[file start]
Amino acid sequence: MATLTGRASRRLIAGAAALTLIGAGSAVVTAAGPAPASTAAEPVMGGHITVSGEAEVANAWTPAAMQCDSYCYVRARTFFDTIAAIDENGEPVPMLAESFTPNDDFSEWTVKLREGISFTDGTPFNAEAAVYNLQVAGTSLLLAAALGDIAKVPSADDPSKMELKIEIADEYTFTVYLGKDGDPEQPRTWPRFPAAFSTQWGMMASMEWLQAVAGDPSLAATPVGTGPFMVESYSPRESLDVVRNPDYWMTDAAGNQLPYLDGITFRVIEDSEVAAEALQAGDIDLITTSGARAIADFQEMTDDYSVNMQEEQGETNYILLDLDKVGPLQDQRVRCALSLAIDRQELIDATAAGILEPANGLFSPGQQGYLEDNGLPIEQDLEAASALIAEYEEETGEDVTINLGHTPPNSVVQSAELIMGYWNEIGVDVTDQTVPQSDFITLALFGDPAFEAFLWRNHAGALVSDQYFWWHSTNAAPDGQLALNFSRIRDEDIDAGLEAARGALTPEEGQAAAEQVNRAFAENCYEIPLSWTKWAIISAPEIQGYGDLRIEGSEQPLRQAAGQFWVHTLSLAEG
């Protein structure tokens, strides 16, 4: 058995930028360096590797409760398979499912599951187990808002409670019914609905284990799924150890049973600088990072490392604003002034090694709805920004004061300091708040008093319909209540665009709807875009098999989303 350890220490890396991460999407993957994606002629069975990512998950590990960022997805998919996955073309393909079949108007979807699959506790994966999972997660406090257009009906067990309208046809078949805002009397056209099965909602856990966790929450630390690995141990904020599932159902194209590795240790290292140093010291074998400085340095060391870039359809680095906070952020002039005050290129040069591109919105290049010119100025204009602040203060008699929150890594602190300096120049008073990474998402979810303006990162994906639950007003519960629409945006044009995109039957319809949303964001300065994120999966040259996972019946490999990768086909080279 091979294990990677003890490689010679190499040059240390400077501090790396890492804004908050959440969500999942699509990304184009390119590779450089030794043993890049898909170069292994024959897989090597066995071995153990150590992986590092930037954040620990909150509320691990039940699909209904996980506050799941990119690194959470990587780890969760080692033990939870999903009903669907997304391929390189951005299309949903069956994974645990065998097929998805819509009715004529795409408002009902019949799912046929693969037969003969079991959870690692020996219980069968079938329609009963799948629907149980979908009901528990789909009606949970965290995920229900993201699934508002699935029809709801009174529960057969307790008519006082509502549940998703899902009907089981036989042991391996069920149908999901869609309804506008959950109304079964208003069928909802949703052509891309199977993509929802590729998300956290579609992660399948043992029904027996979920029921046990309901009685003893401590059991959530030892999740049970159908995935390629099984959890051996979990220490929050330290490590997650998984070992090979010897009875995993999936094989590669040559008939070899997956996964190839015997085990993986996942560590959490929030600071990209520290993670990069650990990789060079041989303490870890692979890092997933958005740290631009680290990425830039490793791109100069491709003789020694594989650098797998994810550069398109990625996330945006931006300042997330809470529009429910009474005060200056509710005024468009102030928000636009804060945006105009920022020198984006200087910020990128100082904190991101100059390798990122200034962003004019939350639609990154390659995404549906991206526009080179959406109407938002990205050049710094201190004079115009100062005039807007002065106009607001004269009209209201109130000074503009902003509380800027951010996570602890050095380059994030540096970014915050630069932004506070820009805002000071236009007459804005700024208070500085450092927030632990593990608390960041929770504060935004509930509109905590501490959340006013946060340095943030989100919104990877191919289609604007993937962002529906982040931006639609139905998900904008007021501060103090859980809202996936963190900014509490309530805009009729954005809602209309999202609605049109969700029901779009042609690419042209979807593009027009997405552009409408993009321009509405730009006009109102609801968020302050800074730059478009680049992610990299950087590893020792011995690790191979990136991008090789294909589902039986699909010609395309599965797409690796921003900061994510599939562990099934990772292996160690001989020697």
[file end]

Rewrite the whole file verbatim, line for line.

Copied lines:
Amino acid sequence: MATLTGRASRRLIAGAAALTLIGAGSAVVTAAGPAPASTAAEPVMGGHITVSGEAEVANAWTPAAMQCDSYCYVRARTFFDTIAAIDENGEPVPMLAESFTPNDDFSEWTVKLREGISFTDGTPFNAEAAVYNLQVAGTSLLLAAALGDIAKVPSADDPSKMELKIEIADEYTFTVYLGKDGDPEQPRTWPRFPAAFSTQWGMMASMEWLQAVAGDPSLAATPVGTGPFMVESYSPRESLDVVRNPDYWMTDAAGNQLPYLDGITFRVIEDSEVAAEALQAGDIDLITTSGARAIADFQEMTDDYSVNMQEEQGETNYILLDLDKVGPLQDQRVRCALSLAIDRQELIDATAAGILEPANGLFSPGQQGYLEDNGLPIEQDLEAASALIAEYEEETGEDVTINLGHTPPNSVVQSAELIMGYWNEIGVDVTDQTVPQSDFITLALFGDPAFEAFLWRNHAGALVSDQYFWWHSTNAAPDGQLALNFSRIRDEDIDAGLEAARGALTPEEGQAAAEQVNRAFAENCYEIPLSWTKWAIISAPEIQGYGDLRIEGSEQPLRQAAGQFWVHTLSLAEG
């Protein structure tokens, strides 16, 4: 058995930028360096590797409760398979499912599951187990808002409670019914609905284990799924150890049973600088990072490392604003002034090694709805920004004061300091708040008093319909209540665009709807875009098999989303 350890220490890396991460999407993957994606002629069975990512998950590990960022997805998919996955073309393909079949108007979807699959506790994966999972997660406090257009009906067990309208046809078949805002009397056209099965909602856990966790929450630390690995141990904020599932159902194209590795240790290292140093010291074998400085340095060391870039359809680095906070952020002039005050290129040069591109919105290049010119100025204009602040203060008699929150890594602190300096120049008073990474998402979810303006990162994906639950007003519960629409945006044009995109039957319809949303964001300065994120999966040259996972019946490999990768086909080279 091979294990990677003890490689010679190499040059240390400077501090790396890492804004908050959440969500999942699509990304184009390119590779450089030794043993890049898909170069292994024959897989090597066995071995153990150590992986590092930037954040620990909150509320691990039940699909209904996980506050799941990119690194959470990587780890969760080692033990939870999903009903669907997304391929390189951005299309949903069956994974645990065998097929998805819509009715004529795409408002009902019949799912046929693969037969003969079991959870690692020996219980069968079938329609009963799948629907149980979908009901528990789909009606949970965290995920229900993201699934508002699935029809709801009174529960057969307790008519006082509502549940998703899902009907089981036989042991391996069920149908999901869609309804506008959950109304079964208003069928909802949703052509891309199977993509929802590729998300956290579609992660399948043992029904027996979920029921046990309901009685003893401590059991959530030892999740049970159908995935390629099984959890051996979990220490929050330290490590997650998984070992090979010897009875995993999936094989590669040559008939070899997956996964190839015997085990993986996942560590959490929030600071990209520290993670990069650990990789060079041989303490870890692979890092997933958005740290631009680290990425830039490793791109100069491709003789020694594989650098797998994810550069398109990625996330945006931006300042997330809470529009429910009474005060200056509710005024468009102030928000636009804060945006105009920022020198984006200087910020990128100082904190991101100059390798990122200034962003004019939350639609990154390659995404549906991206526009080179959406109407938002990205050049710094201190004079115009100062005039807007002065106009607001004269009209209201109130000074503009902003509380800027951010996570602890050095380059994030540096970014915050630069932004506070820009805002000071236009007459804005700024208070500085450092927030632990593990608390960041929770504060935004509930509109905590501490959340006013946060340095943030989100919104990877191919289609604007993937962002529906982040931006639609139905998900904008007021501060103090859980809202996936963190900014509490309530805009009729954005809602209309999202609605049109969700029901779009042609690419042209979807593009027009997405552009409408993009321009509405730009006009109102609801968020302050800074730059478009680049992610990299950087590893020792011995690790191979990136991008090789294909589902039986699909010609395309599965797409690796921003900061994510599939562990099934990772292996160690001989020697």